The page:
Many parents are currently juggling caring for their children with their professional responsibilities, a task that is not only challenging, but depending on the age of the child(ren), nearly impossible to do without sacrificing parts of both. Here, we will outline some suggestions for setting up a home routine during the current health crisis.
Tag-team your schedules
If there is a second parent, another adult, or an older child in the home, try to coordinate your schedules so that you are not all working the same hours. Some parents have tried to spread their work out over seven days rather than five, and others are starting, ending, and taking breaks at different times.
Create a schedule that encourages and builds independence
Even as young as preschool, teachers build in parts of the day when children are expected to work or play independently. If you have meetings or conference calls at a certain time, schedule an activity for your child that you know will keep his or her attention. Some examples include a video or other screen time, independent play if your child is able to do so, or rest or nap time.
Use this time to for your child to review
No school expects parents to roll out the curriculum as if they were the teachers. Focus on reviewing math facts and drills and reading and writing skills. There are many apps and games available that help children reinforce these skills. Remember that your situation is not unique and that the entire school system will be responsible for catching our students up when they return to school.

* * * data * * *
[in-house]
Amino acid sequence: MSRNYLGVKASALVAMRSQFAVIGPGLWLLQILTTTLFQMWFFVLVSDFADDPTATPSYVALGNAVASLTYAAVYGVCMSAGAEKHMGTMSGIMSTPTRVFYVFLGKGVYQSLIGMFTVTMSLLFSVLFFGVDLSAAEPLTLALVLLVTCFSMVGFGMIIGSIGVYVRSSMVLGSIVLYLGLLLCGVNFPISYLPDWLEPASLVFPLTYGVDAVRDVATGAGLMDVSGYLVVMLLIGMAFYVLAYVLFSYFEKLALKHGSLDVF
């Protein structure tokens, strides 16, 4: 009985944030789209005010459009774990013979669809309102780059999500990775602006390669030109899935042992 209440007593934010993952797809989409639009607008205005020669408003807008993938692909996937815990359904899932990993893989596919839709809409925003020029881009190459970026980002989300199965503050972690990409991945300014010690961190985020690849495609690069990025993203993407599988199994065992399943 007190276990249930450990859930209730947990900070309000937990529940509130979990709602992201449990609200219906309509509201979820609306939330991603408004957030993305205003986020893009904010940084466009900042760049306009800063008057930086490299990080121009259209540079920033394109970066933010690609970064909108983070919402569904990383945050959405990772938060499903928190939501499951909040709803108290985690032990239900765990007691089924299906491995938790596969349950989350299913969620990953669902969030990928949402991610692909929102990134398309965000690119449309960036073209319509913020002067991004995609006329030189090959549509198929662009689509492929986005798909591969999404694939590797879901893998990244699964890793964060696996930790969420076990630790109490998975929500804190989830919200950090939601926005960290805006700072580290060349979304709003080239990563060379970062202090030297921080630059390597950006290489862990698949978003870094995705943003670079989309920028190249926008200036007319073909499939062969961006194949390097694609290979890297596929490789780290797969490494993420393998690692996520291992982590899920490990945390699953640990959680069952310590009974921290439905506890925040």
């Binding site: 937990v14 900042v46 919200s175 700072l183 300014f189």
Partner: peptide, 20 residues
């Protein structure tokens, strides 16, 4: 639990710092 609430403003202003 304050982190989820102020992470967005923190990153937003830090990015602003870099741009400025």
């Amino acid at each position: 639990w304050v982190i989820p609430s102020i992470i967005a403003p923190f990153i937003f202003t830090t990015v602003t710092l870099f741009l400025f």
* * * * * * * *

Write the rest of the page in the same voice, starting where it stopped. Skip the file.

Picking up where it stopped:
Connect with relatives on a schedule
Does your child have an aunt, uncle, or grandparent who would FaceTime with him/her on a regular basis? Build this into your routine so you can have that block of time to take care of other responsibilities.
Post the schedule and refer to it throughout the day
Post the schedule at the start of the day and let your child know what to expect. The more prepared a child is for the times of day when he or she has to be independent, the higher the chance for success. Build in some back-up plans as well (what can he or she do if the activity is completed before you are ready to move on?).
Consider changing the schedule altogether
It may be impossible to oversee schoolwork during the school/workday. If you need your child to entertain him/herself with free play and screen-time while you work, it will be okay. Take a period of time at the end of the day, when you would typically be helping with or overseeing homework, and make that the schoolwork time. Remind yourself that you are not the only one doing this.
Include self-care in your schedule
Whether it’s simply getting a few minutes to yourself at the end of the day, going for a run or walk, or taking the dog out, build in time to take care of yourself. It has never been a more important time to take care of ourselves and in doing so, we can be better caretakers.
Lean on and support each other
Most importantly, remember that you are not alone. Everyone you work with who has children is in a similar situation, and there is a collective understanding among all of us that we are doing our best. A child interrupting your conference call right now is more likely to get an understanding “we get it” than criticism. What are your co-workers doing to juggle these responsibilities? Consider starting a message board or group chat that opens opportunities for you to share ideas with each other. Others may be grateful to learn that they are not alone with this challenge.
Early School Director/In-School Therapeutic Services Coordinator
Lucy Daniels Center | 9003 Weston Parkway | Cary, NC 27513
Phone: 919.677.1400 | Fax: 919.677.1489 | www.lucydanielscenter.org